I won’t pass judgment, but I know where I’d place my bets. after all, an American art teacher was recently fired for having shown her class a 16th century painting of Mohammed. (That link goes to the New York Times just to demonstrate it’s not a right-wing conspiracy theory.) When’s the last time anyone was fired from a university, gallery, museum, newspaper, or publishing house for having offended Christians, Jews, or Hindus?

I’m sure our diplomats think they’re playing at realpolitik by expressing horror and revulsion (and disgust and contempt etc., etc.) at an act most of us find merely stupid and trivial, but it’s not done consistently.  You may have noticed, for example, that the same diplomats rarely if ever trouble themselves to express their contempt for artwork or rhetoric that denigrates Christianity, Judaism, Buddhism, or the Church of the Flying Spaghetti Monster.

“Well,” say these realists, “Christians, Jews, Buddhists, and Spaghettinos aren’t provoked to deadly violence when their religions are denigrated.  Muslims take their religion very seriously, and we need to respect that.”

No, we don’t.

We really and truly do not.

We don’t need to respect a goddam thing, and that’s the beauty of it.

That’s not to knock the importance of respect, or to suggest that nothing is worthy of respect—or that there’s nothing respectable about Islam—it’s only to say that the minute you insist on people respecting something, you’ve already begun to devalue it. 

And frankly, nothing makes me want to mock something more than being told it’s a Very Serious Thing that must never under any circumstances be mocked.

That’s the whole foundation of the western edifice: it’s what free speech means.  We can desecrate the sacred because in our civilizational wisdom we’ve decided that since we’ll never all agree on what is actually sacred, we can at least all agree that everyone’s entitled to decide for themselves, and let the chips fall where they may.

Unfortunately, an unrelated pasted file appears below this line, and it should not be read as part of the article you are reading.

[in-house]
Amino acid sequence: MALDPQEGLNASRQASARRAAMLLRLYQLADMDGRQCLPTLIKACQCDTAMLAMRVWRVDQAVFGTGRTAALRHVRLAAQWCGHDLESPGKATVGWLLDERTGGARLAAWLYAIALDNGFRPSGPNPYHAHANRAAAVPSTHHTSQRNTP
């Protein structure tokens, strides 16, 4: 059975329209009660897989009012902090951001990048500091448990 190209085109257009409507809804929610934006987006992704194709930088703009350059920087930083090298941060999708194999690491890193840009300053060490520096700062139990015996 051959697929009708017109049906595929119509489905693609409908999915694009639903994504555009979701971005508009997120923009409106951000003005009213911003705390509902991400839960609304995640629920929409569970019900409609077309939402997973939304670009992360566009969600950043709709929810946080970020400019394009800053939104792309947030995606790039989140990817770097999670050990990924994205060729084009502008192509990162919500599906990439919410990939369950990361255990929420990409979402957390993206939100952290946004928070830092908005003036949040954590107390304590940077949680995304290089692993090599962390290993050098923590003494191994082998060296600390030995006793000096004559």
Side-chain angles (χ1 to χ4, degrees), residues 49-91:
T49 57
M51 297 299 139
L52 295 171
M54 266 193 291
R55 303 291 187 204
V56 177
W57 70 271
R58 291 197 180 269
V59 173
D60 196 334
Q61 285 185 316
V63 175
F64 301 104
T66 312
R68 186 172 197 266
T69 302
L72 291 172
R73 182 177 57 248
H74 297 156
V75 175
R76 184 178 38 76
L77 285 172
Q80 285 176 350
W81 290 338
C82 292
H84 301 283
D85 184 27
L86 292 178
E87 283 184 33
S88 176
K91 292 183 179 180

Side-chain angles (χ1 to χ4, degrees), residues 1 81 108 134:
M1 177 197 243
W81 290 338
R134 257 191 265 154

The flip side of your right to express whatever you think is the Holy Sacred and Divine Truth is everyone else’s right to express their disagreement with you—whether we’re talking about religion, philosophy, or your hair. (Seriously, has no one talked to you about that?)

Which brings us to another story about free speech, this one oozing out of last week’s World Economic Forum summit in Davos.

Apparently the EC’s Vice-President for Values and Transparency, one Věra Jourová, told Euronews that with respect to free speech on the internet, “The time of the Wild West is over.”

We will have the Digital Services Act [DSA]. We will have the Code of Practice as a part of this legislation.

So, after Mr Musk took over Twitter with his “freedom of speech absolutism,”’ we are the protectors of freedom of speech as well.

But at the same time, we cannot accept, for instance, illegal content online and so on. So, our message was clear: we have rules which have to be complied with, otherwise there will be sanctions.

“We’re protected free speech but will be sanctioning illegal speech,” she said—transparently.

Fascinating.

What’s next: protecting freedom of assembly with curfews?

I probably shouldn’t have said that out loud…

Featured image: doctored image from anews.com.tr.